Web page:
Zombies starts out slow. The premise is, a group of SF fans in the 50s were living in Wall Hollow, Tennessee, when the government decided to dam up the river. This wiped out the town of Wall Hollow and the slan shack of the fen. However, before tha
...more
Mark Oppenlander
Jan 03, 2015 Mark Oppenlander rated it it was ok
Shelves: mystery
In the sequel to "Bimbos of the Death Sun," Jay Omega and Marion Farley discover that one of their faculty colleagues is a member of the Lanthanides, a group of science fiction writers who lived together for a time in the 1950's on a farm in Tennessee. Before they left the farm to go their separate ways, they buried a time capsule with unpublished short stories written by each of them. Years later, now that some of their members have become famous, they intend to unearth the time capsule and sel ...more
Jay Daze
Feb 11, 2015 Jay Daze rated it it was ok
In the end this book and its companion 'Bimbos of the Death Sun' is a counter voice to the ascendancy of fandom. These are books that are deeply ambivalent about an engaged audience. Fan is fanatical. Personally I find the narrator's voice too caustic, like that friend that rips everyone else down when you are talking with them - but the second you leave you know they'll be doing the same to you. Not person you really want to hang out with, but interesting to have encountered.

I enjoyed this book
...more
D.M. Dutcher
Feb 26, 2016 D.M. Dutcher rated it did not like it
Rather boring murder mystery centered around Science Fiction fandom. Novels about that are usually horrid-see Niven's Fallen Angels for a good example why-and this is no different. Aging lothario/unlikable authors snipe at each other, and oh by the way someone dies.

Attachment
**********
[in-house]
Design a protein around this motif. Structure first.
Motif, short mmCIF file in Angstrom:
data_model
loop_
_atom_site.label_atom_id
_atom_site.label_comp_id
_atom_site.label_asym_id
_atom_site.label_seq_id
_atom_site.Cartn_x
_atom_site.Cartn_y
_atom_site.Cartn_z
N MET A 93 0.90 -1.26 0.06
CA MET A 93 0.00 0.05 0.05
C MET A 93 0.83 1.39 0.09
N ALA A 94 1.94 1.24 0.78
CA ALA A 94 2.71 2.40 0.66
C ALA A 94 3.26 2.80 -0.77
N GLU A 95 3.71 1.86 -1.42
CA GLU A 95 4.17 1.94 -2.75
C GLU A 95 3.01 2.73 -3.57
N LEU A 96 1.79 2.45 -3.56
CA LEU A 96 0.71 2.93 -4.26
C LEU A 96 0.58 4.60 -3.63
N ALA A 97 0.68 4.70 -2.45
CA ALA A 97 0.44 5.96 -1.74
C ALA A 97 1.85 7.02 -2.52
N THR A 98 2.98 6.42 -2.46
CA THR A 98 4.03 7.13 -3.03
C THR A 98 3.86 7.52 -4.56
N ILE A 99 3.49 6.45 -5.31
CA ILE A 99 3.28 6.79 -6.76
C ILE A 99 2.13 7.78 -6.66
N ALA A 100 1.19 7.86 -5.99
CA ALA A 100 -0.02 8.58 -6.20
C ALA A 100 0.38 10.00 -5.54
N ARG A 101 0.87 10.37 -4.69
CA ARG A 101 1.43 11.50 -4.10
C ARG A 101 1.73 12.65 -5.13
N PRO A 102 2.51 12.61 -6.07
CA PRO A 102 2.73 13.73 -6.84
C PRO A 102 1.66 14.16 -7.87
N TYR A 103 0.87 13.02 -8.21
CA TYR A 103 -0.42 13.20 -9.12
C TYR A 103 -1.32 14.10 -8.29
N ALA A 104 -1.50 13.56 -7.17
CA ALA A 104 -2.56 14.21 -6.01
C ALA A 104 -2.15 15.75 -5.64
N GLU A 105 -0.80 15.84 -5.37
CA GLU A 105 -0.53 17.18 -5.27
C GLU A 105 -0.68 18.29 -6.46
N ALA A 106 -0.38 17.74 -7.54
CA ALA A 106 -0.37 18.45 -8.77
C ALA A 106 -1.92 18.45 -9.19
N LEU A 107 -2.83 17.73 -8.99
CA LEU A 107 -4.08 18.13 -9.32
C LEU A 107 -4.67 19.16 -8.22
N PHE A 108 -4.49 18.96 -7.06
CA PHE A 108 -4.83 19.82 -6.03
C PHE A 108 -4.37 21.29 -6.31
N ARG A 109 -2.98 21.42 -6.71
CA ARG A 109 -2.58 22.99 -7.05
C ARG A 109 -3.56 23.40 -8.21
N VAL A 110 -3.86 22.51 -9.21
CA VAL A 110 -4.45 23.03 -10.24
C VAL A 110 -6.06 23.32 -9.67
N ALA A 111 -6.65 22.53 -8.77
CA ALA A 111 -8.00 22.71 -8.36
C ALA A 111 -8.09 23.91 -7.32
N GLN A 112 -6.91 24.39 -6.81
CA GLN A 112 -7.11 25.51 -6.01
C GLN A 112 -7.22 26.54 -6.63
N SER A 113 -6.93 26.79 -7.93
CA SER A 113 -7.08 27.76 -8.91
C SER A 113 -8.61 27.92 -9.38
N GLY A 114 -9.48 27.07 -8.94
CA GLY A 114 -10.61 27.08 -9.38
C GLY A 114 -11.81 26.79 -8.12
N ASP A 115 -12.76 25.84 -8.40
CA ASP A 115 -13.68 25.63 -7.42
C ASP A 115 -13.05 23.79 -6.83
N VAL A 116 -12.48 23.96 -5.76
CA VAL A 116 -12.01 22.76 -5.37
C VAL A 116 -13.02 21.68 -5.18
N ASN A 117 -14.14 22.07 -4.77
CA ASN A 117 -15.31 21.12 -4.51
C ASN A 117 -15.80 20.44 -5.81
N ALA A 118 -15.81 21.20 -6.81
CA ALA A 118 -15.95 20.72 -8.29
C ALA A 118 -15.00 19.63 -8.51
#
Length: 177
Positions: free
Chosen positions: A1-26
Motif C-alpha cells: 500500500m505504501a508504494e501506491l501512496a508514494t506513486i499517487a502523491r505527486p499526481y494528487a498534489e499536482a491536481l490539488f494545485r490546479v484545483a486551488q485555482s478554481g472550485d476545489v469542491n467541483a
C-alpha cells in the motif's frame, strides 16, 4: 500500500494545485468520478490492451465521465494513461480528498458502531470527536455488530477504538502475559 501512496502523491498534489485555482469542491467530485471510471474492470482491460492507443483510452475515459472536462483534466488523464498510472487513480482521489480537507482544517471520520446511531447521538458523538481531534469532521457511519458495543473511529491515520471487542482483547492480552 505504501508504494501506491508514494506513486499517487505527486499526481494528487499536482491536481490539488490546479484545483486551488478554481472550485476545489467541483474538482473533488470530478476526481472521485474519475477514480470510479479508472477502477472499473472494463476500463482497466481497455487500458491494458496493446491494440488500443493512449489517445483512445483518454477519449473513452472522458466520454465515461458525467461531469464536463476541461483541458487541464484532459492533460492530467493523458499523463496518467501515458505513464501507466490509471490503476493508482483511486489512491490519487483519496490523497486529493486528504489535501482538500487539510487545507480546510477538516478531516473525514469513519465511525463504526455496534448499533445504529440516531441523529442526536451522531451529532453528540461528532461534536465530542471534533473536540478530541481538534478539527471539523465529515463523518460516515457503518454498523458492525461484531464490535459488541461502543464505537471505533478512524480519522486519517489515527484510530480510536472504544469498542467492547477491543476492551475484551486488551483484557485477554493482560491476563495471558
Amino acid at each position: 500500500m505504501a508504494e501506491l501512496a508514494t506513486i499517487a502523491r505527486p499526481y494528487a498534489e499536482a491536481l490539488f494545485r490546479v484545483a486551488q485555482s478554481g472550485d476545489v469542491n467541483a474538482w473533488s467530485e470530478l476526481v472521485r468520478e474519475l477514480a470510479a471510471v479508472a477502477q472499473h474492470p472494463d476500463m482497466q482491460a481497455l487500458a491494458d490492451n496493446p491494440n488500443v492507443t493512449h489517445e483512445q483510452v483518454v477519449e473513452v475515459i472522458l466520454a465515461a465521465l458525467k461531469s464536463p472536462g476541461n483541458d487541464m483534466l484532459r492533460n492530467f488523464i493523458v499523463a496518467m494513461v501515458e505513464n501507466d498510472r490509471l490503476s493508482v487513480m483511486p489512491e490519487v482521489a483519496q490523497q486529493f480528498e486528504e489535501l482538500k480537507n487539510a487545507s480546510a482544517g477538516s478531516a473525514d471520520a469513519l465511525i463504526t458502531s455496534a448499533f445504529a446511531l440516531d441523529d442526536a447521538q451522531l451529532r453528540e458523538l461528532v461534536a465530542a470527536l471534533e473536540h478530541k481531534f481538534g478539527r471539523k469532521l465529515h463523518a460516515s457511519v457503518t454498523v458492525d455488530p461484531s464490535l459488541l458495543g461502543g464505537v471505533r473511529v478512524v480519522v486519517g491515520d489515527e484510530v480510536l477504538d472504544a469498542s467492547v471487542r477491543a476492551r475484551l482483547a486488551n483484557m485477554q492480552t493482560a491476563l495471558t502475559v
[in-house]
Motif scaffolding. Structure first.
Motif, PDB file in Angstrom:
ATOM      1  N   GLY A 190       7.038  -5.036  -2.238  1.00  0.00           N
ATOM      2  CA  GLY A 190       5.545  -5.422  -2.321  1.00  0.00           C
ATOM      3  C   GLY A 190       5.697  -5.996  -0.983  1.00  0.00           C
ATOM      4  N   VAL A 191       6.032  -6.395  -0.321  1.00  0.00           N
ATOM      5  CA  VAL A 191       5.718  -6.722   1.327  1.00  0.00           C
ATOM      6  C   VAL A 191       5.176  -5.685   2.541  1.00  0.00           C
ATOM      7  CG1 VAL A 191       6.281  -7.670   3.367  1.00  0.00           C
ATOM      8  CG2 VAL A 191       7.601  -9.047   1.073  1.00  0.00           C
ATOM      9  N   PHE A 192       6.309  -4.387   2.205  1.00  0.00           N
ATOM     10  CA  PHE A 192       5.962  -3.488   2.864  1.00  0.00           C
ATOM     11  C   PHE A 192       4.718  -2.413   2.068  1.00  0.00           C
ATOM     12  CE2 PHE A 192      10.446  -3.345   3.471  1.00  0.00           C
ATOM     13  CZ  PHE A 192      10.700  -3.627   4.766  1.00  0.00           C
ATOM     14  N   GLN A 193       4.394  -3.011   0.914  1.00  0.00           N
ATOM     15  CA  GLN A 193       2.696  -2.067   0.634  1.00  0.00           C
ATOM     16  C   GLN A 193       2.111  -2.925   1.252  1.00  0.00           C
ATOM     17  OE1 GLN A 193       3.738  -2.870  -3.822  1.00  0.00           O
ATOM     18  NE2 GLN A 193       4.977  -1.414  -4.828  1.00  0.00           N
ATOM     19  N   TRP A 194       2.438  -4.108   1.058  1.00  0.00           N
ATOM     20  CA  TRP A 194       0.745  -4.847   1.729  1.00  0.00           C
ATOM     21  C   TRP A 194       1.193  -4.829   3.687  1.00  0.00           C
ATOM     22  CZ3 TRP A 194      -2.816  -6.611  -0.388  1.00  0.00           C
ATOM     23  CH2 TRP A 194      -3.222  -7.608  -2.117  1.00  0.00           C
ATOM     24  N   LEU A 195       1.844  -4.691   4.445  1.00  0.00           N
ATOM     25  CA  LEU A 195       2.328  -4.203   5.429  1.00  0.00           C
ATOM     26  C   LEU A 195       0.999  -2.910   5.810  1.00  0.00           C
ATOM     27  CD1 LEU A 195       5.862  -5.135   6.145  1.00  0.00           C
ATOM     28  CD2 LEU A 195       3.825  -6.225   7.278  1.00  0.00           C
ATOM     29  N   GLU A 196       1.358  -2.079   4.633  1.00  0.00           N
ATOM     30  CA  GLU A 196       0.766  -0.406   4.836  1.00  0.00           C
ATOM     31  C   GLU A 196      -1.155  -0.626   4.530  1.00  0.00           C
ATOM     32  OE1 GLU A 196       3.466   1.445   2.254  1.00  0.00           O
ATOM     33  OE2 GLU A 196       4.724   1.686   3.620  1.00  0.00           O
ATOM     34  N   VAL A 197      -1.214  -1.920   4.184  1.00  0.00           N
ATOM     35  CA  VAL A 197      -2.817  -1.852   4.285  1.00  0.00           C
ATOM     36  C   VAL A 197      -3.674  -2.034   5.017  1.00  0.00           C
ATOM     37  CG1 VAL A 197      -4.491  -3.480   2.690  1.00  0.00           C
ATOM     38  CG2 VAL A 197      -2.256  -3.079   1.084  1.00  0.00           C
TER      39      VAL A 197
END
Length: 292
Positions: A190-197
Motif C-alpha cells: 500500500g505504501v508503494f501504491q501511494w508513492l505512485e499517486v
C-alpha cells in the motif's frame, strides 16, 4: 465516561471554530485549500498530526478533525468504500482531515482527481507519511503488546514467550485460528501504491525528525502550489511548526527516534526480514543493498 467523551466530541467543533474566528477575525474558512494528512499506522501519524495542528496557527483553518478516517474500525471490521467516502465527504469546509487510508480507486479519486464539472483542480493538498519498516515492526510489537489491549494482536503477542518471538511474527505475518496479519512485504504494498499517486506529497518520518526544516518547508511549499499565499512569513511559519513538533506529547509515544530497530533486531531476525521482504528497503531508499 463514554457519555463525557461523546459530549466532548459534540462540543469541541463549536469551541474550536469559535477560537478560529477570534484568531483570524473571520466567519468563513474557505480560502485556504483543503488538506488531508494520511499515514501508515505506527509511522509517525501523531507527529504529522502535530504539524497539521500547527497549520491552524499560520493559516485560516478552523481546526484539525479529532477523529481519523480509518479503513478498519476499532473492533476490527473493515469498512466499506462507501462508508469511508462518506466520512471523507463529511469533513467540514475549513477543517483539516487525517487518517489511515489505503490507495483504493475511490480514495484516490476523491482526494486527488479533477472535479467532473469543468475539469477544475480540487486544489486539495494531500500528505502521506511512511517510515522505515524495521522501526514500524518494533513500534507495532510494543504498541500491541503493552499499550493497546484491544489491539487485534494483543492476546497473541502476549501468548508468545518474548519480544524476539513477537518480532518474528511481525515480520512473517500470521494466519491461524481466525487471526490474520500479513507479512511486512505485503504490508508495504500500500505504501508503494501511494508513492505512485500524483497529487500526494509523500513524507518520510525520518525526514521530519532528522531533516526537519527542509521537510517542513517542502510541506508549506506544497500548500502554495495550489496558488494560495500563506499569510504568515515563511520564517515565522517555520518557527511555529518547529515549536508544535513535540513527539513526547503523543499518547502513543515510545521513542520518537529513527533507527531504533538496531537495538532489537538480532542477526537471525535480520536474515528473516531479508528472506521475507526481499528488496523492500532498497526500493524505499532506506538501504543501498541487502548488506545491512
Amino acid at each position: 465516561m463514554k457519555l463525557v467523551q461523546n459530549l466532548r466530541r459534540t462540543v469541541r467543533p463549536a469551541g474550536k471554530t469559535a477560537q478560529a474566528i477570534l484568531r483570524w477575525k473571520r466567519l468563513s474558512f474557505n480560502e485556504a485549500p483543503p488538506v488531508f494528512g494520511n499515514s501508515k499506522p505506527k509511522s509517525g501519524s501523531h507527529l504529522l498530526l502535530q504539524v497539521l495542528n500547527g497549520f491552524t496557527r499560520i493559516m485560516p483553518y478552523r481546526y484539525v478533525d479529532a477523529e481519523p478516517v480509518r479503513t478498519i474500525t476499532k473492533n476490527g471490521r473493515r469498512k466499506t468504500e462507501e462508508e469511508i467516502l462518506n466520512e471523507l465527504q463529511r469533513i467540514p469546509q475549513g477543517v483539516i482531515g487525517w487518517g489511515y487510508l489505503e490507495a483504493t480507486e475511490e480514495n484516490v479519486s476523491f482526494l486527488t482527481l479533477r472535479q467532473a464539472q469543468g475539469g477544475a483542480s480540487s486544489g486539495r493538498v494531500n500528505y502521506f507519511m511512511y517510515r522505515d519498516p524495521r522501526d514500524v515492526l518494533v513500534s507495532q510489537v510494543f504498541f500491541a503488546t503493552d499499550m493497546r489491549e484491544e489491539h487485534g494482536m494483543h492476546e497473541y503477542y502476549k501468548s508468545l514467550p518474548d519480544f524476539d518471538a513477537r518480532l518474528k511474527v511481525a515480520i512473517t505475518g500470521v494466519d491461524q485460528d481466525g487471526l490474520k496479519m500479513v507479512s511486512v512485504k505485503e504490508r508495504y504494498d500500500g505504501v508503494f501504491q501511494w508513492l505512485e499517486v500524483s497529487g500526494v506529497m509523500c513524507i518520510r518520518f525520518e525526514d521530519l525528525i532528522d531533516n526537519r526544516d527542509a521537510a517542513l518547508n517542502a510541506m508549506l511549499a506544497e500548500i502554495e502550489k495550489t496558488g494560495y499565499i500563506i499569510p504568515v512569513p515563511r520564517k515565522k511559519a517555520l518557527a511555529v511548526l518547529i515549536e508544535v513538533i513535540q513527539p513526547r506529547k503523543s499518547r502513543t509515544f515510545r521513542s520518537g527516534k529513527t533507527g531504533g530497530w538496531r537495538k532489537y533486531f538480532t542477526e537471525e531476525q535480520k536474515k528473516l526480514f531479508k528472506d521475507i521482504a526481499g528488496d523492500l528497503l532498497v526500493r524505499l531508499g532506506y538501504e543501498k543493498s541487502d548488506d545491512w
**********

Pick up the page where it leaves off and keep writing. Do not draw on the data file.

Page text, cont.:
To Crumbs's credit she gets the 80's SF fandom well, but SF authors in general tend to be five flavors of nuts, and not in the good ways. In the petty, backbiting, sleep with each other's wives way. You sour on the characters before y
...more
Kelly H. (Maybedog)
I was disappointed. It had so much potential and fell flat. Plus it was horribly sexist. I'm surprised this woman is an award winning author.
Kate
Nov 22, 2010 Kate rated it it was ok  ·  review of another edition
Shelves: read-in-2010
"In the 1950s, eight young men, dreaming of literary immortality, buried a time capsule with their science fiction stories and cultural relics from the time. Now the capsule is being dredged up because a few of those men have in fact become very famous. As a result, the excavation turns into a multimedia event.

Everything goes off without a hitch until a surprise guest makes an appearance -- a writer who was supposed to have died thirty years ago. Still cynical and angry, he is threatening to exp
...more
Angela
In the 1950s, eight young men, dreaming of literary immortality, buried a time capsule with their science fiction stories and cultural relics from the time. Now the capsule is being dredged up because a few of those men have in fact become very famous. As a result, the excavation turns into a multimedia event.

Everything goes off without a hitch until a surprise guest makes an appearance -- a writer who was supposed to have died thirty years ago. Still cynical and angry, he is threatening to expo
...more
Melanti
I was a bit surprised by this. I was expecting the campy style and setting of the first book in this series, but instead, it's set in a Tennessee town during a reunion of old sci-fi writers. Instead of the over-the-top zanieness of a convention, it's a rather sad, depressing drained lake, complete with an analysis of the TVA and how they didn't truly pay the families they'd displaced a fair value. The setting is more something that I would have expected from one of her other series (especially t ...more
Rhonda Newton